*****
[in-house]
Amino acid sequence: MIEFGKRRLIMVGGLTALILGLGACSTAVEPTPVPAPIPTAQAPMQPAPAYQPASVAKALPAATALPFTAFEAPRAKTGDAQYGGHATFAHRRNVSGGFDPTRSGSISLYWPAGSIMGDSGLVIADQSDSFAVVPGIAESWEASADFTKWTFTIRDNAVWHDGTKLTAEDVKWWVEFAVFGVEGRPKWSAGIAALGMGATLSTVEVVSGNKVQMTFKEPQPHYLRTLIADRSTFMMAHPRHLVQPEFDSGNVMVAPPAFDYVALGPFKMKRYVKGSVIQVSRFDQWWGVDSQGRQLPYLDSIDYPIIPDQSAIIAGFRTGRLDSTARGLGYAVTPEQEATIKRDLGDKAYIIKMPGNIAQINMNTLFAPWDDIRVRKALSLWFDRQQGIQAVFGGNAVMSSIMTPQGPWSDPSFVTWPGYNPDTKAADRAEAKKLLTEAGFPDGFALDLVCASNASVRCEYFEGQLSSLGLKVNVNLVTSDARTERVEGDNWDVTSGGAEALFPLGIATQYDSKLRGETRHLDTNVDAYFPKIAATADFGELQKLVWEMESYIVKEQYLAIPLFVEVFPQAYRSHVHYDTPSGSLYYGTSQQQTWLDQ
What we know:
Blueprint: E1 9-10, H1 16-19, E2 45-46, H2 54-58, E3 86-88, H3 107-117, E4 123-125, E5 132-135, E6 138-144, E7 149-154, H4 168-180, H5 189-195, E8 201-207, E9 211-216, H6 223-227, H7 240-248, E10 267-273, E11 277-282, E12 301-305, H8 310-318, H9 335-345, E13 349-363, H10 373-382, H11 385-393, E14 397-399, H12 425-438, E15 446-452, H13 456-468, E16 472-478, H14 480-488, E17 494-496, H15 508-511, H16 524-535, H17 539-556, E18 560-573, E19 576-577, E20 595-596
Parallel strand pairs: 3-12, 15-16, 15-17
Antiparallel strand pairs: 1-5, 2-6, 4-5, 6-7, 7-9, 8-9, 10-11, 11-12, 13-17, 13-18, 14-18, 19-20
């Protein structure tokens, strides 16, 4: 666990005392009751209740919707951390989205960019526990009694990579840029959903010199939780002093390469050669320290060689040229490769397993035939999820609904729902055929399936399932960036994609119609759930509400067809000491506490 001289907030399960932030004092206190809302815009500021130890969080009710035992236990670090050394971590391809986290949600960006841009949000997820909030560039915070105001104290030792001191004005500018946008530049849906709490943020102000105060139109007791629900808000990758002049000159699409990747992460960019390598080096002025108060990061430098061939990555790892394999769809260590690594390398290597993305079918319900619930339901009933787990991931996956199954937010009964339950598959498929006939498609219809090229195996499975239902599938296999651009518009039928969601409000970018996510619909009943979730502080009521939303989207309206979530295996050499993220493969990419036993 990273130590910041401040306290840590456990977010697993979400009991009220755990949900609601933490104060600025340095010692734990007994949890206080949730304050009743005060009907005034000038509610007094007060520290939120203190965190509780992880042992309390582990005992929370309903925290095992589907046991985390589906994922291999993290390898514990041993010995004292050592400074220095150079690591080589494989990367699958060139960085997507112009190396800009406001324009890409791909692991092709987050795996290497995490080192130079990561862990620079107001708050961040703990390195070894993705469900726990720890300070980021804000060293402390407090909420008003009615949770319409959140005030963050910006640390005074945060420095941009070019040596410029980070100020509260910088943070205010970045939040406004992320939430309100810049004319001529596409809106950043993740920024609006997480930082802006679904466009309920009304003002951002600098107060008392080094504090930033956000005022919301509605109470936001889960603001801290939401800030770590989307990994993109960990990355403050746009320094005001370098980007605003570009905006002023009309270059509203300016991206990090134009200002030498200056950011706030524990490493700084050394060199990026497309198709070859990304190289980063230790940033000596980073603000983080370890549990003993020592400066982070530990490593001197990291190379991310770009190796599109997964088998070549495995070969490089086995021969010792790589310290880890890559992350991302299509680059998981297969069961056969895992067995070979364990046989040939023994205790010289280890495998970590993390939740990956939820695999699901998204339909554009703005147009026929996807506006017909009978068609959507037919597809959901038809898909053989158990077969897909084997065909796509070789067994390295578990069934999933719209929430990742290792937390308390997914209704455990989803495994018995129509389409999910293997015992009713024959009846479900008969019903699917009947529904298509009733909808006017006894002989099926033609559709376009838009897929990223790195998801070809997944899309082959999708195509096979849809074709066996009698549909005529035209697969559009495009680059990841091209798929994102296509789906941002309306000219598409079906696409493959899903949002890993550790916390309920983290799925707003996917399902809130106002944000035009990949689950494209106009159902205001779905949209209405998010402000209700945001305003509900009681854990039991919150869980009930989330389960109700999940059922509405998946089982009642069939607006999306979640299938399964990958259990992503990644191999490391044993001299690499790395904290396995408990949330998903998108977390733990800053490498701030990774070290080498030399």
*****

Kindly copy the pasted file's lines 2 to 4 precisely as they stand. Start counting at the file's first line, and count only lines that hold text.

Amino acid sequence: MIEFGKRRLIMVGGLTALILGLGACSTAVEPTPVPAPIPTAQAPMQPAPAYQPASVAKALPAATALPFTAFEAPRAKTGDAQYGGHATFAHRRNVSGGFDPTRSGSISLYWPAGSIMGDSGLVIADQSDSFAVVPGIAESWEASADFTKWTFTIRDNAVWHDGTKLTAEDVKWWVEFAVFGVEGRPKWSAGIAALGMGATLSTVEVVSGNKVQMTFKEPQPHYLRTLIADRSTFMMAHPRHLVQPEFDSGNVMVAPPAFDYVALGPFKMKRYVKGSVIQVSRFDQWWGVDSQGRQLPYLDSIDYPIIPDQSAIIAGFRTGRLDSTARGLGYAVTPEQEATIKRDLGDKAYIIKMPGNIAQINMNTLFAPWDDIRVRKALSLWFDRQQGIQAVFGGNAVMSSIMTPQGPWSDPSFVTWPGYNPDTKAADRAEAKKLLTEAGFPDGFALDLVCASNASVRCEYFEGQLSSLGLKVNVNLVTSDARTERVEGDNWDVTSGGAEALFPLGIATQYDSKLRGETRHLDTNVDAYFPKIAATADFGELQKLVWEMESYIVKEQYLAIPLFVEVFPQAYRSHVHYDTPSGSLYYGTSQQQTWLDQ
What we know:
Blueprint: E1 9-10, H1 16-19, E2 45-46, H2 54-58, E3 86-88, H3 107-117, E4 123-125, E5 132-135, E6 138-144, E7 149-154, H4 168-180, H5 189-195, E8 201-207, E9 211-216, H6 223-227, H7 240-248, E10 267-273, E11 277-282, E12 301-305, H8 310-318, H9 335-345, E13 349-363, H10 373-382, H11 385-393, E14 397-399, H12 425-438, E15 446-452, H13 456-468, E16 472-478, H14 480-488, E17 494-496, H15 508-511, H16 524-535, H17 539-556, E18 560-573, E19 576-577, E20 595-596